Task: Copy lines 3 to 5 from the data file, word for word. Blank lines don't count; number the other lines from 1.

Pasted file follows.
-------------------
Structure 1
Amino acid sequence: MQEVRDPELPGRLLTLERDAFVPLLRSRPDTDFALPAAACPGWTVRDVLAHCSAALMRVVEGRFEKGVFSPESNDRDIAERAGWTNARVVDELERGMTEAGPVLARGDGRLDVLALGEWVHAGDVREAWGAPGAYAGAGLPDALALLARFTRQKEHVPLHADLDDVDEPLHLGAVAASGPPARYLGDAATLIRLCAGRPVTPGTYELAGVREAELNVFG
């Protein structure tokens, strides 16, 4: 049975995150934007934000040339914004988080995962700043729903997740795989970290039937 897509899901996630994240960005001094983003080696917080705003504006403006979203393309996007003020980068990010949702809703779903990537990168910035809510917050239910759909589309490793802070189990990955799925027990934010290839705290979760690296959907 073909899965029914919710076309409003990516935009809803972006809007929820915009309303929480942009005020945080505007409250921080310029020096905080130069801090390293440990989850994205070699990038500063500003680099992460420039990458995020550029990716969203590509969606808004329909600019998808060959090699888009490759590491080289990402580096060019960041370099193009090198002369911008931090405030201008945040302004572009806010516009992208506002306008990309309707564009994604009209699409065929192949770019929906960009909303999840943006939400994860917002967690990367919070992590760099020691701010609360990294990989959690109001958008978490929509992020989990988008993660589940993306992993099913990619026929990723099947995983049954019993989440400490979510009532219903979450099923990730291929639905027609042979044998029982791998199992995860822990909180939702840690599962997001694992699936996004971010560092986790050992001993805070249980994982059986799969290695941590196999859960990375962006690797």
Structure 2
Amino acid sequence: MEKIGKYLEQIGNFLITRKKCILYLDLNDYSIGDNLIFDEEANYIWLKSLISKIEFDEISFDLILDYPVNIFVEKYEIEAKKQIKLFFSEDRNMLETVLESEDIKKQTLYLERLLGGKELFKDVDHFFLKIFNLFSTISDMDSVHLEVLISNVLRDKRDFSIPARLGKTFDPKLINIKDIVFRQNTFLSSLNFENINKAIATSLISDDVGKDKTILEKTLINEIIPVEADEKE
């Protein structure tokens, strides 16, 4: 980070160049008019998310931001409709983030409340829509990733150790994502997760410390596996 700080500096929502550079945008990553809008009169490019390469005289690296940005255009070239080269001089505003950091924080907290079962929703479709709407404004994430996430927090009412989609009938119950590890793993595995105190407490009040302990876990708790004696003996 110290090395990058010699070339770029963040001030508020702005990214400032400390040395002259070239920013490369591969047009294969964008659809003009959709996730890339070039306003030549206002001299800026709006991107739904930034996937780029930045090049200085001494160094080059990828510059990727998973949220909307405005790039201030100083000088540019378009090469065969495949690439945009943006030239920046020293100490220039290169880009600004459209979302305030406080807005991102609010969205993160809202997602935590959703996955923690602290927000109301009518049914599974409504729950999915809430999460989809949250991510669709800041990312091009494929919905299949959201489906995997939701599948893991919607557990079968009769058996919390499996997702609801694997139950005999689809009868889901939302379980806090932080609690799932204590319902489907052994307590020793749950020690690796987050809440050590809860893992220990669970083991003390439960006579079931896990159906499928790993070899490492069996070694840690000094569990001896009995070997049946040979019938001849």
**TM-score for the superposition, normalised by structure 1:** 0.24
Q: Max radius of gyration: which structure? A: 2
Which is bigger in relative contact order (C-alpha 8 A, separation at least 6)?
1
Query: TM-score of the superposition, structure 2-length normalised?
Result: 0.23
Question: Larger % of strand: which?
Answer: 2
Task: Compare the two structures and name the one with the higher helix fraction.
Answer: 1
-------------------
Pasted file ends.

């Protein structure tokens, strides 16, 4: 049975995150934007934000040339914004988080995962700043729903997740795989970290039937 897509899901996630994240960005001094983003080696917080705003504006403006979203393309996007003020980068990010949702809703779903990537990168910035809510917050239910759909589309490793802070189990990955799925027990934010290839705290979760690296959907 073909899965029914919710076309409003990516935009809803972006809007929820915009309303929480942009005020945080505007409250921080310029020096905080130069801090390293440990989850994205070699990038500063500003680099992460420039990458995020550029990716969203590509969606808004329909600019998808060959090699888009490759590491080289990402580096060019960041370099193009090198002369911008931090405030201008945040302004572009806010516009992208506002306008990309309707564009994604009209699409065929192949770019929906960009909303999840943006939400994860917002967690990367919070992590760099020691701010609360990294990989959690109001958008978490929509992020989990988008993660589940993306992993099913990619026929990723099947995983049954019993989440400490979510009532219903979450099923990730291929639905027609042979044998029982791998199992995860822990909180939702840690599962997001694992699936996004971010560092986790050992001993805070249980994982059986799969290695941590196999859960990375962006690797």
Structure 2
Amino acid sequence: MEKIGKYLEQIGNFLITRKKCILYLDLNDYSIGDNLIFDEEANYIWLKSLISKIEFDEISFDLILDYPVNIFVEKYEIEAKKQIKLFFSEDRNMLETVLESEDIKKQTLYLERLLGGKELFKDVDHFFLKIFNLFSTISDMDSVHLEVLISNVLRDKRDFSIPARLGKTFDPKLINIKDIVFRQNTFLSSLNFENINKAIATSLISDDVGKDKTILEKTLINEIIPVEADEKE